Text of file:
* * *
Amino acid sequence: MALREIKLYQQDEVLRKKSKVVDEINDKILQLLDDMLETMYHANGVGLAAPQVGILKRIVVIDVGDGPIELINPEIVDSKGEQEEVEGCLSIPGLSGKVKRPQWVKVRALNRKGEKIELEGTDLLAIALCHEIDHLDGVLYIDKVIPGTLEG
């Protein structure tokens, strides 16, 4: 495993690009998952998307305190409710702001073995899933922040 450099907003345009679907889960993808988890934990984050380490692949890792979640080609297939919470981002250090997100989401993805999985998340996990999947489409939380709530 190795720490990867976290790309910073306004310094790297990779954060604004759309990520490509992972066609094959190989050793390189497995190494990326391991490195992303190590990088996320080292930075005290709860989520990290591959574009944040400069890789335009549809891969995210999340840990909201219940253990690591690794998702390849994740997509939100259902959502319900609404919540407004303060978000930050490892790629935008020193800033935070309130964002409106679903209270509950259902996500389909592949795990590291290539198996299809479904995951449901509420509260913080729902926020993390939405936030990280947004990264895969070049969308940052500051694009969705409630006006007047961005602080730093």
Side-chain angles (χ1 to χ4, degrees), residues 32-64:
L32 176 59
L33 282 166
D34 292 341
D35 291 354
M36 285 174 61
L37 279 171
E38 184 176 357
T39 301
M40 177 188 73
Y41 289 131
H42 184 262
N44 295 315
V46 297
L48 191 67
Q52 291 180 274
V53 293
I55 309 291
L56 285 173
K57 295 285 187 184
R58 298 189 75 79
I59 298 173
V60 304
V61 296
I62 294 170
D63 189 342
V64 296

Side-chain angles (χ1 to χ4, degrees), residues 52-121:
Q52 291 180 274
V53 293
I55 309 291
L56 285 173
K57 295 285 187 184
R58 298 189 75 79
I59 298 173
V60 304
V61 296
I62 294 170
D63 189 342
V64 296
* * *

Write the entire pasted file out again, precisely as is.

Amino acid sequence: MALREIKLYQQDEVLRKKSKVVDEINDKILQLLDDMLETMYHANGVGLAAPQVGILKRIVVIDVGDGPIELINPEIVDSKGEQEEVEGCLSIPGLSGKVKRPQWVKVRALNRKGEKIELEGTDLLAIALCHEIDHLDGVLYIDKVIPGTLEG
């Protein structure tokens, strides 16, 4: 495993690009998952998307305190409710702001073995899933922040 450099907003345009679907889960993808988890934990984050380490692949890792979640080609297939919470981002250090997100989401993805999985998340996990999947489409939380709530 190795720490990867976290790309910073306004310094790297990779954060604004759309990520490509992972066609094959190989050793390189497995190494990326391991490195992303190590990088996320080292930075005290709860989520990290591959574009944040400069890789335009549809891969995210999340840990909201219940253990690591690794998702390849994740997509939100259902959502319900609404919540407004303060978000930050490892790629935008020193800033935070309130964002409106679903209270509950259902996500389909592949795990590291290539198996299809479904995951449901509420509260913080729902926020993390939405936030990280947004990264895969070049969308940052500051694009969705409630006006007047961005602080730093």
Side-chain angles (χ1 to χ4, degrees), residues 32-64:
L32 176 59
L33 282 166
D34 292 341
D35 291 354
M36 285 174 61
L37 279 171
E38 184 176 357
T39 301
M40 177 188 73
Y41 289 131
H42 184 262
N44 295 315
V46 297
L48 191 67
Q52 291 180 274
V53 293
I55 309 291
L56 285 173
K57 295 285 187 184
R58 298 189 75 79
I59 298 173
V60 304
V61 296
I62 294 170
D63 189 342
V64 296

Side-chain angles (χ1 to χ4, degrees), residues 52-121:
Q52 291 180 274
V53 293
I55 309 291
L56 285 173
K57 295 285 187 184
R58 298 189 75 79
I59 298 173
V60 304
V61 296
I62 294 170
D63 189 342
V64 296